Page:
In the News

Lab Life Hack: Simple Exercises Help Reduce Fatigue, Improve Productivity at Work

Feb 19, 2018

Making a commitment to exercise on a regular basis is hard, especially when balancing busy work and family schedules. Check out these tips for laboratory professionals, pathologists and residents from fellow members of the laboratory team to help you stay in shape to get ready for spring!

“Working in the laboratory has a very important role in my life as a medical laboratory professional. And I am very passionate about it. I always engage myself in what I refer to as ‘laboratory confidence fitness.’ It is simply a conscious way to perform a timed walking exercise in the laboratory. Not only has this simple act reduced fatigue for me during work time, it has also helped me to accomplish more within the time frame of the daily work routine. I encourage fellow medical laboratory professionals to make adequate use of their allotted break time each day. Depending on the space of your work area, walking consciously for 15 to 30 minutes can make a great difference on your energy level and increase your ability to make good judgment during your work day. Also, another thing that has helped me in my daily routine is taking the stairs every day instead of the elevator and not spending all my break time in the break room.”

Babatunde Oloyede, MLS(ASCP)CM

“Exercise is important to me, but lately, it’s been almost impossible fit to into my schedule. My husband and I are both physicians. He works nights in the ER. I work from 7 a.m. to 5 p.m. weekdays and am occasionally on call on weekends. And, we have a two-year-old daughter. We have very little free time.

It’s important for me to get back to exercise because if I don’t establish a pattern of making exercise a priority, it will never happen. Here are a few thoughts on how I can incorporate exercise into my schedule:

 - Take a few brisk walk breaks (10 minutes at a time) during the day at work around the hospital. 

- Download a fitness app to my mobile phone that has options for interval training that I can do at home with minimal equipment.

- On days where I can make it to the gym, schedule workouts on my calendar in advance as official "appointments" so that I'm more likely to stick with making the trip to gym.

- Try new group exercise classes. I seem to enjoy working out more when I'm not doing it alone, and I usually get a better workout when there are other people doing the same thing to push me.”

Amberly Nunez, MD, FASCP

“With busy schedules, it helps to make exercise more efficient (15 minutes at high intensity is at least equal to 30 minutes of moderate intensity exercise). Aim for workouts that take little preparation and that can be done in varied locations (home, work or on vacation) such as bodyweight exercises, running or high-intensity interval training (i.e., Tabata or HPI’s seven-minute workout). If exercise is made a priority, add it to your schedule. If you choose an activity that you enjoy, you are more likely to be successful sticking with your plan in the long run.”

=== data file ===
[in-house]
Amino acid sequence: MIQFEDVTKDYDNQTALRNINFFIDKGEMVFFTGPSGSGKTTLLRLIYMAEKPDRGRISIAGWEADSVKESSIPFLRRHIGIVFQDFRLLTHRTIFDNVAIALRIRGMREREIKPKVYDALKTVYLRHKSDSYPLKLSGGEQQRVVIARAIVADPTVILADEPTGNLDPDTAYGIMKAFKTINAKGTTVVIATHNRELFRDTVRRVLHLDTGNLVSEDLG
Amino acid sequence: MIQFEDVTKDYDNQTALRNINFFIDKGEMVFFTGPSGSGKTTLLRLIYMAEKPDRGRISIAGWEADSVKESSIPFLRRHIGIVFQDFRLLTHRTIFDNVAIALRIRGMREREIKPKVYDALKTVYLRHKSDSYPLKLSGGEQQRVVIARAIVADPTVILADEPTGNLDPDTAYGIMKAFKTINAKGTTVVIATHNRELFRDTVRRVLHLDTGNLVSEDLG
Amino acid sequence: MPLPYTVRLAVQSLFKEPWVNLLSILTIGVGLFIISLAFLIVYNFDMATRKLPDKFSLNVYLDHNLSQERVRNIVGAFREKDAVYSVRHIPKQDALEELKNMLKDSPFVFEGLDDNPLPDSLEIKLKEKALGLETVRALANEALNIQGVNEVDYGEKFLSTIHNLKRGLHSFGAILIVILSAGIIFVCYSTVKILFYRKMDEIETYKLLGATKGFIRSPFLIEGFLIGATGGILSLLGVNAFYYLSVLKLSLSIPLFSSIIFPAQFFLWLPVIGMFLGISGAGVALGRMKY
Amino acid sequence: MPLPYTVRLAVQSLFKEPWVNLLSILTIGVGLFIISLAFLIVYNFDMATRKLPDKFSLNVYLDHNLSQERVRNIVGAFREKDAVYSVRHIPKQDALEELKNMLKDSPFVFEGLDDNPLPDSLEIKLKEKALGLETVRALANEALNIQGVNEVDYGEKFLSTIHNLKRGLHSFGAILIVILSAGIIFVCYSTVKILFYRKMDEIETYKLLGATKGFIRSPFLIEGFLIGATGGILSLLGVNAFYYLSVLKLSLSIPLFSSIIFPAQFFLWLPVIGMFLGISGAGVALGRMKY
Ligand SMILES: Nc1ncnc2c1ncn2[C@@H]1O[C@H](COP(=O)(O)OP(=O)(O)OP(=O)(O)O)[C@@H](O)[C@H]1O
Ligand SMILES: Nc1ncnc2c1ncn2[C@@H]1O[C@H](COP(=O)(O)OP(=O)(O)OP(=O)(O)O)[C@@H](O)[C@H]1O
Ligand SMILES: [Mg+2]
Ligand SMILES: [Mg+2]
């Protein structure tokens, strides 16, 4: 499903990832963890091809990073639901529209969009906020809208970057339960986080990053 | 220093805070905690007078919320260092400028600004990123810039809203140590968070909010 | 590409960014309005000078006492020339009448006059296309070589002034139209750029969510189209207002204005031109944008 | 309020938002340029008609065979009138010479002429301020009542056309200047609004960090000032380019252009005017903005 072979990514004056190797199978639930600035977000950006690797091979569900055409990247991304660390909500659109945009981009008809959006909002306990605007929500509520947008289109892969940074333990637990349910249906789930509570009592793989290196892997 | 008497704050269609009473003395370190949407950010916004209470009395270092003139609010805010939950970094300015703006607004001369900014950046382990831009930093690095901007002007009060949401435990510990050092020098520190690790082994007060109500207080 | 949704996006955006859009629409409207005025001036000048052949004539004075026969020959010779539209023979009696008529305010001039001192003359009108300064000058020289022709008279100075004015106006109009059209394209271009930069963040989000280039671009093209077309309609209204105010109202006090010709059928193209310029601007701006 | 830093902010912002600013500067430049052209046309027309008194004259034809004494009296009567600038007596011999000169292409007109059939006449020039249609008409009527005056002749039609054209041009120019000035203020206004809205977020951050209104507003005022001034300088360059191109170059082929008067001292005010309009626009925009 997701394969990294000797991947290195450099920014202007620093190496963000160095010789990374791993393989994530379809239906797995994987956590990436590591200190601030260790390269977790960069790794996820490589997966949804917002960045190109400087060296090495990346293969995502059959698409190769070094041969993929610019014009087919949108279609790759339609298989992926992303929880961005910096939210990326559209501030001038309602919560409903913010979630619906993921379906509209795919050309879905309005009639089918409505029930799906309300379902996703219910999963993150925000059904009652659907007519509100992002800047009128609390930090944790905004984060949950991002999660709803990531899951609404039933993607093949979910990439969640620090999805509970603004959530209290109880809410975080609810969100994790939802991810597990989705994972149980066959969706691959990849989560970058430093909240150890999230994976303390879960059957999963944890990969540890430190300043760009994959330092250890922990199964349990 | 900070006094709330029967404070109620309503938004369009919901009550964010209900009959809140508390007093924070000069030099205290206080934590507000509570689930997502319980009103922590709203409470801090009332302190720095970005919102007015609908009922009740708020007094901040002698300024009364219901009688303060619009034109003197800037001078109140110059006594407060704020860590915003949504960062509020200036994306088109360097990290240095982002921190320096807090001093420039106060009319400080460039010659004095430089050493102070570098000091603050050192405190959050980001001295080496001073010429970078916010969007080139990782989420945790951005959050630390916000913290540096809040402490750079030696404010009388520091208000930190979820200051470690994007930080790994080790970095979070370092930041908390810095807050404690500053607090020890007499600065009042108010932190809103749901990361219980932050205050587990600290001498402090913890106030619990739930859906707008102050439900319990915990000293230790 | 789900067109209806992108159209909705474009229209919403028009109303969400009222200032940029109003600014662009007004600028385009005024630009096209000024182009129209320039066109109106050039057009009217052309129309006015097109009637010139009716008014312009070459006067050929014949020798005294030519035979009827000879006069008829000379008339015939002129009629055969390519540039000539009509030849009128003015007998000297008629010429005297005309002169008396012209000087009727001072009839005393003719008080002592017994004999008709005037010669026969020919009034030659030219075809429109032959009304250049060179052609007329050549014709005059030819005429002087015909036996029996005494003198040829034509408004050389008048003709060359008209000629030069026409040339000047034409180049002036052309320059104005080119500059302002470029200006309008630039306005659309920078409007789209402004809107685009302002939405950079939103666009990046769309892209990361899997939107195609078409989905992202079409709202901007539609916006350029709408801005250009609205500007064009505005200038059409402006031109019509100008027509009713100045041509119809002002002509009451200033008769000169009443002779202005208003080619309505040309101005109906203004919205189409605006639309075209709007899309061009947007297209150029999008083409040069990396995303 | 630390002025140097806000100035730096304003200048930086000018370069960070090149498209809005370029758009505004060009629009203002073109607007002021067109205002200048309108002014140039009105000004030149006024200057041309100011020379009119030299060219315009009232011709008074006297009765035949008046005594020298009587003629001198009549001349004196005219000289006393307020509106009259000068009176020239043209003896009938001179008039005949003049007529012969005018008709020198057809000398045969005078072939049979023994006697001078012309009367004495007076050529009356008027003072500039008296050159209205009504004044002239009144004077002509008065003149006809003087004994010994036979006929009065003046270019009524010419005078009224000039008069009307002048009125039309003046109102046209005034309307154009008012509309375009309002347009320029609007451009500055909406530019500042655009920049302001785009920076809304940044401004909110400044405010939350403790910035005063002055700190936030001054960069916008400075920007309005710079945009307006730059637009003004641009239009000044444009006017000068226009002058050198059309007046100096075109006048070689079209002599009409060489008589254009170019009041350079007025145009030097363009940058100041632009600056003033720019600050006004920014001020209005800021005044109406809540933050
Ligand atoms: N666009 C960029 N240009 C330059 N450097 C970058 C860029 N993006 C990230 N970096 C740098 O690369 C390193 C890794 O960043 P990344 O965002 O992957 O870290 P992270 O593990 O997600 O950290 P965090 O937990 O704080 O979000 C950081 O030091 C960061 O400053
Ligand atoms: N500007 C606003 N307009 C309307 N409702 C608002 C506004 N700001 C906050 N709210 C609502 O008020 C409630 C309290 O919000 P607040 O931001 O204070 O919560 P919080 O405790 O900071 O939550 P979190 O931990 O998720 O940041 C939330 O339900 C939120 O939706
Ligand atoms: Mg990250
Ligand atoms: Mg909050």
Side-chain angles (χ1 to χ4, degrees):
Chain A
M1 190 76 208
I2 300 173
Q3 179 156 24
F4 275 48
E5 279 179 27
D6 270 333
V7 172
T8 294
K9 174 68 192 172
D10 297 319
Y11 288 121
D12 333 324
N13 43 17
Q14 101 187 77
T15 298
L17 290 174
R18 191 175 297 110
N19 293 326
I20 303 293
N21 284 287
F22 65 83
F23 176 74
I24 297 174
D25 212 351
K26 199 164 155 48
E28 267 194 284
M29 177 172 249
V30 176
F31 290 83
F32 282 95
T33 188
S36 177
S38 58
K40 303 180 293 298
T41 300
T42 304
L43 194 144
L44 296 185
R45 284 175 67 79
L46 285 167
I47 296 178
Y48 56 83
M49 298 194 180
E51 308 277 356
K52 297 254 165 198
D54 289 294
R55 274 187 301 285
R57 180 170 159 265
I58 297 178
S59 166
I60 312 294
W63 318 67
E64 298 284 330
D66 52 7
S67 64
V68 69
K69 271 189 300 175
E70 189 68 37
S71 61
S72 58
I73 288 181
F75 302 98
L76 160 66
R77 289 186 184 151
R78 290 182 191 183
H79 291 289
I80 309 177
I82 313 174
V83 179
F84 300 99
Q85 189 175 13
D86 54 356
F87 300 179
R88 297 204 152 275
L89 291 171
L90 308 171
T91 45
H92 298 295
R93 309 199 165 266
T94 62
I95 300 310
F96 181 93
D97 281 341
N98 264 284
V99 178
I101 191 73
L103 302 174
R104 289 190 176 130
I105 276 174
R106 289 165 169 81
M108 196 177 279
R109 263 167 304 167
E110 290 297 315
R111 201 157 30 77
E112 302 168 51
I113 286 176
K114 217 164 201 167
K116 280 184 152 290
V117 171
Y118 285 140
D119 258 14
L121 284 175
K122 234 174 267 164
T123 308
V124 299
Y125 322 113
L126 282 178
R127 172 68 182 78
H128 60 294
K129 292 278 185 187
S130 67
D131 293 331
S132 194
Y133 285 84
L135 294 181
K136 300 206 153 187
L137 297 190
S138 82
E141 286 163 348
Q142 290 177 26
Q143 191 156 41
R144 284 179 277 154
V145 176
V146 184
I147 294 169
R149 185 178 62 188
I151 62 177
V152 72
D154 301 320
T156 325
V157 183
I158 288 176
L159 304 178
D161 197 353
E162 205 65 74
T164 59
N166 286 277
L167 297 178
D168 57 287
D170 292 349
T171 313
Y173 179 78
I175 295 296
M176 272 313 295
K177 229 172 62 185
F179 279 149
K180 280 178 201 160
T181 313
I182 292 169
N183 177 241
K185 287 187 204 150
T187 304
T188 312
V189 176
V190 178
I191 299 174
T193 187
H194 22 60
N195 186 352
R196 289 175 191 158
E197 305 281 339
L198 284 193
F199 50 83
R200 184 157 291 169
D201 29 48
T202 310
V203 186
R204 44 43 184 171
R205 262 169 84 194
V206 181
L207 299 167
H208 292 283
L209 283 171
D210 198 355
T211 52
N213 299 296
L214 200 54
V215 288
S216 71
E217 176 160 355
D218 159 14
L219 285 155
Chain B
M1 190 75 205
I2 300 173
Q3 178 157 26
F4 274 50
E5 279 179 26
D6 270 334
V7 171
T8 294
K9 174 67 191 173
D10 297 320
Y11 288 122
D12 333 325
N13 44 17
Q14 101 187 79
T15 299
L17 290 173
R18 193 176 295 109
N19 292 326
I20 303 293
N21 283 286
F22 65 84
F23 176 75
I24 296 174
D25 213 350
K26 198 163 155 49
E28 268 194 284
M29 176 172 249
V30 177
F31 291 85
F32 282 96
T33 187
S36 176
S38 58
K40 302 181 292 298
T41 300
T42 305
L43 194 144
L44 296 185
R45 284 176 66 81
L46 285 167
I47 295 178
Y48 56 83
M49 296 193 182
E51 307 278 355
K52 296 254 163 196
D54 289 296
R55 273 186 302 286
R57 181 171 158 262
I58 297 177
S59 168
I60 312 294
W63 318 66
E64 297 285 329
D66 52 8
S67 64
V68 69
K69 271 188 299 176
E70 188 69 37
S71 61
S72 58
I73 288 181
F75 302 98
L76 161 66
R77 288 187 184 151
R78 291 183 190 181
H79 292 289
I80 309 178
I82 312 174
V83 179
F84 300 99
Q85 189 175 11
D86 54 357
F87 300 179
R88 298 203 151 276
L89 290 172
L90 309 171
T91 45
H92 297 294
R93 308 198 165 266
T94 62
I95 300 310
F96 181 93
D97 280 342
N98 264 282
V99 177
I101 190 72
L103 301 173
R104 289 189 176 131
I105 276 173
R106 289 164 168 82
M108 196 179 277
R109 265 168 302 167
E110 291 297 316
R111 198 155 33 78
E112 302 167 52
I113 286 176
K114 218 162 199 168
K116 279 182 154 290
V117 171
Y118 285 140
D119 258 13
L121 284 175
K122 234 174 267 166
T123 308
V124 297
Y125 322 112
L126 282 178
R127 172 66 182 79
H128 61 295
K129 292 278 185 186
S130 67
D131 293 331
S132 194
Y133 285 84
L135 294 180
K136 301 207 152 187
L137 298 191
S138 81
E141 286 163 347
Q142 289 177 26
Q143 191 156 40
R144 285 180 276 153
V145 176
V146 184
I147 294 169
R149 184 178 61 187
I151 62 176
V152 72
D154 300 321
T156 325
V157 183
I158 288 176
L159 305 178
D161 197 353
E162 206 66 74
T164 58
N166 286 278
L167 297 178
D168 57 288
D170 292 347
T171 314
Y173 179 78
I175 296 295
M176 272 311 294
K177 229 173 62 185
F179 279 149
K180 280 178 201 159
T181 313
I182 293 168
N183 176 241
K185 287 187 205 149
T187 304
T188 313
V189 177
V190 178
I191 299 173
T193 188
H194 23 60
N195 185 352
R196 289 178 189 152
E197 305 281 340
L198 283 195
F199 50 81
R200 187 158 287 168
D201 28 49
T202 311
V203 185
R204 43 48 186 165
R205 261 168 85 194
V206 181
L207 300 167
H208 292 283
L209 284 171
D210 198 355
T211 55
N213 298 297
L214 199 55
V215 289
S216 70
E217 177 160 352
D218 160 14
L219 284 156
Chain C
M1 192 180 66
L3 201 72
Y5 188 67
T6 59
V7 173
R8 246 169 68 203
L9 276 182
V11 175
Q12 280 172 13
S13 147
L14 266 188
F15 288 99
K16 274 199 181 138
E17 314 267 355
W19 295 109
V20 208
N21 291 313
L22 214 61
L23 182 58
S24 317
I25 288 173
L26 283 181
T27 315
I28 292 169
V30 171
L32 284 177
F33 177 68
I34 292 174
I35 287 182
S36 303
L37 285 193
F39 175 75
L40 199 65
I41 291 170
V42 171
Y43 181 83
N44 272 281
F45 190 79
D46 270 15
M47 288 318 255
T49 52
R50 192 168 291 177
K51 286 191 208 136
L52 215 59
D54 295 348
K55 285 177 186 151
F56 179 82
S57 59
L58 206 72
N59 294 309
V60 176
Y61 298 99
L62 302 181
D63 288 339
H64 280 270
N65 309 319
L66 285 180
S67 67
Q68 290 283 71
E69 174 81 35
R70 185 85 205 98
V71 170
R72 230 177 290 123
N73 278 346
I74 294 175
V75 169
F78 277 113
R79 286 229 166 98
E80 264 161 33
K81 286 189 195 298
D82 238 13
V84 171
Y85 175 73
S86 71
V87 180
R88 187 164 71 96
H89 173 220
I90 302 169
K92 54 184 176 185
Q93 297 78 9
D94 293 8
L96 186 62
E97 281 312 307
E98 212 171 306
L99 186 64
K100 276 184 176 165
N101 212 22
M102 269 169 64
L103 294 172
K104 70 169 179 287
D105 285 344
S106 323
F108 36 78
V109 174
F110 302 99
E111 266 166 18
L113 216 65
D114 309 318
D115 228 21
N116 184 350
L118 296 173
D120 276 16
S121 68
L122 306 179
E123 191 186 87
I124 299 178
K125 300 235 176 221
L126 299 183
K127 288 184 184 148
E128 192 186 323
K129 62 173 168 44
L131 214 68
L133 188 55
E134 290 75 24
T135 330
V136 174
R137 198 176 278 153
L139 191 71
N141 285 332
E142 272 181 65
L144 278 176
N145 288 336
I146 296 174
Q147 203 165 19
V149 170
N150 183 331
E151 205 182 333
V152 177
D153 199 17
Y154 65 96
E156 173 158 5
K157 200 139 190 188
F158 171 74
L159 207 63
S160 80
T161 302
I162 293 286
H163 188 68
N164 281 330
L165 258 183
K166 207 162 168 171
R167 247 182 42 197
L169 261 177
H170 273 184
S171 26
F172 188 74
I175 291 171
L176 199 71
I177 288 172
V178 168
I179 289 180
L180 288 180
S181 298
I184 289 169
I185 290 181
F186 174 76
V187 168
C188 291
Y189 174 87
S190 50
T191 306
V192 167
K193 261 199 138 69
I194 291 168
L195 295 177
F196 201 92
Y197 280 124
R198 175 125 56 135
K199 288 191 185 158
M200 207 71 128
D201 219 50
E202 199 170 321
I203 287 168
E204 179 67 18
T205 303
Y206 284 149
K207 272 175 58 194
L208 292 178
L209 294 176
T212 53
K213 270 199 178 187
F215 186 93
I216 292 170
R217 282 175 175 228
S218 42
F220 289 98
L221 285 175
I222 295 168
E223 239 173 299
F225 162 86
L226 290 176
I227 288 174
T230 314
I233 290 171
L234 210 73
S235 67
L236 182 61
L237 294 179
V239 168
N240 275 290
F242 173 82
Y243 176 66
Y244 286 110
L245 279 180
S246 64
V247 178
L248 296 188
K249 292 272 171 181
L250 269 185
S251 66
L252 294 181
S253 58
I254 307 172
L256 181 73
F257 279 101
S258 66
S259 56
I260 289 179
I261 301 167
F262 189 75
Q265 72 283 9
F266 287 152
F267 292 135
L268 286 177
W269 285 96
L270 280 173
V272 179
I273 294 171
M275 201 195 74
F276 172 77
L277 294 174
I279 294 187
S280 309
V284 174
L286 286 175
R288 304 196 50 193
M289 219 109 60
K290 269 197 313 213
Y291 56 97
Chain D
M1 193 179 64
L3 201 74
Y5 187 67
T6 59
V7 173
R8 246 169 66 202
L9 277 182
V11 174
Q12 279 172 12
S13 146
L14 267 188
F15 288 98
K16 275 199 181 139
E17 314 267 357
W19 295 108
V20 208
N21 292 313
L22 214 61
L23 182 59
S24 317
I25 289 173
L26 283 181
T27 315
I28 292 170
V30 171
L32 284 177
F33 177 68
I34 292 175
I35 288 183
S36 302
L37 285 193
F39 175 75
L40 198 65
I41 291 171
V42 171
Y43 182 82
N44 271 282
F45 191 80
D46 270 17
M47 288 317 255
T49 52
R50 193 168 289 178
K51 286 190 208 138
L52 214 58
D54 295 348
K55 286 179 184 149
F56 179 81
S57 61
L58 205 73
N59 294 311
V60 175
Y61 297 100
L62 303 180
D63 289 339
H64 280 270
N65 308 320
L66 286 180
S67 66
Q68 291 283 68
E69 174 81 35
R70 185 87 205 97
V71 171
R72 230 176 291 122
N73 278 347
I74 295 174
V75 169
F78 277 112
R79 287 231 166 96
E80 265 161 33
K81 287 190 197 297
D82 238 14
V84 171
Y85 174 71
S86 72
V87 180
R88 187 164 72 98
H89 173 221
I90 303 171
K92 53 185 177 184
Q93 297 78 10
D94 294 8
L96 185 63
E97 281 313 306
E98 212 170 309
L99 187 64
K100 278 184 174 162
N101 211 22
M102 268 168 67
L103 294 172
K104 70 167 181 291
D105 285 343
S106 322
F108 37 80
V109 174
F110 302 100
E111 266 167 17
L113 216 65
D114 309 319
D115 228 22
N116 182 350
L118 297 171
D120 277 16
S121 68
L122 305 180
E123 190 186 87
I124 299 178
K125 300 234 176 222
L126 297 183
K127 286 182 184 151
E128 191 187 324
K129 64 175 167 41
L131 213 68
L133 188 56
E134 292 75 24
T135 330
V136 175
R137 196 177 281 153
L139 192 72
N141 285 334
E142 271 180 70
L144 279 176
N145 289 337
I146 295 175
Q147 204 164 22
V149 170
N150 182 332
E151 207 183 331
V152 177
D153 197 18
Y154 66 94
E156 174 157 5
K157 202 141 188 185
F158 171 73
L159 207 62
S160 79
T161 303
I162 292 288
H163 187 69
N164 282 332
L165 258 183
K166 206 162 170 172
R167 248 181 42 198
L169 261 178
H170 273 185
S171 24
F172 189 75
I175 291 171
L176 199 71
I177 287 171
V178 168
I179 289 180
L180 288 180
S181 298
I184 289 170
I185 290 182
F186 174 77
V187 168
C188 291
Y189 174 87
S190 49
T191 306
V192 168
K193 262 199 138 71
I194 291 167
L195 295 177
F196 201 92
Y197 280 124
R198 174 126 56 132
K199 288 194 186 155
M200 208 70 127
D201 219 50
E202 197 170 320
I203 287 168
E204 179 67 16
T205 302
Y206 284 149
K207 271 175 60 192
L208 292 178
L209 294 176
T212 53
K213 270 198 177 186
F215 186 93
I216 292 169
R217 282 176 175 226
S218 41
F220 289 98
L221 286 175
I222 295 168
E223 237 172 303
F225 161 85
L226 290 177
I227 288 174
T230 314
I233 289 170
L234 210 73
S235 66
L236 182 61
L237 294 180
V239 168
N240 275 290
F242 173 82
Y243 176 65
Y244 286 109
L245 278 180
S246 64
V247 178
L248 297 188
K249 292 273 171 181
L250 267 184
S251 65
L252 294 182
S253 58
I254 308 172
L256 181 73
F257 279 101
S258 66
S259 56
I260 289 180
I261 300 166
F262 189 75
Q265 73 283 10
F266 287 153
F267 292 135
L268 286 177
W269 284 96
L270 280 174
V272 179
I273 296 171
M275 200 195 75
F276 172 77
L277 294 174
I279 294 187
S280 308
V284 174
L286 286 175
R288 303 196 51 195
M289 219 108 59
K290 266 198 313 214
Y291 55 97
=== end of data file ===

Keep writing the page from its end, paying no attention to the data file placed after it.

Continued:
Alex Feldman, MD

“Making yourself a priority is hard these days. We start early with a cup of coffee, head into the laboratory, and before you know it the work day has reached its end. For many of us, we have wide-ranging commitments, such as taking care of family, friends, pets, and doing errands. We’ve blinked and the day has just flown by. I find myself saying, ‘I’ll go for that walk tomorrow,’ ‘I can always reschedule that run,’ or ‘maybe I can start going to the gym next month.’ I’ve found success at squeezing fitness into my day by setting small measureable goals with a defined timeframe. Keep your fitness goal realistic. You’re not going to run the Boston Marathon this week. However, you can tackle those stairs instead of coasting on the elevator. Be specific as well. I found myself making excuses when I was vague. Then, you end up watching Netflix and eating pizza. Also, I started a small running group with my fellow lab scientists. We keep each other accountable. We usually sign up for fun 5K races. Having a visual/reason why keeps you motivated and moving forward. This can be a race you want to run, images of soccer players because you want to get back to a sport you love, or that new smaller sized lab coat you’ll be able to wear when you reach your goal. Don’t get discouraged! Make sure to plan ahead. If you know you have a lot of meetings one day, you can make your daily goal to walk around the hospital campus or just even taking a journey on those stairs. You have to show up for yourself! Our patients need us at our best. Keep moving forward. Now go out there!”

Aaron Odegard, MLS(ASCP)CM


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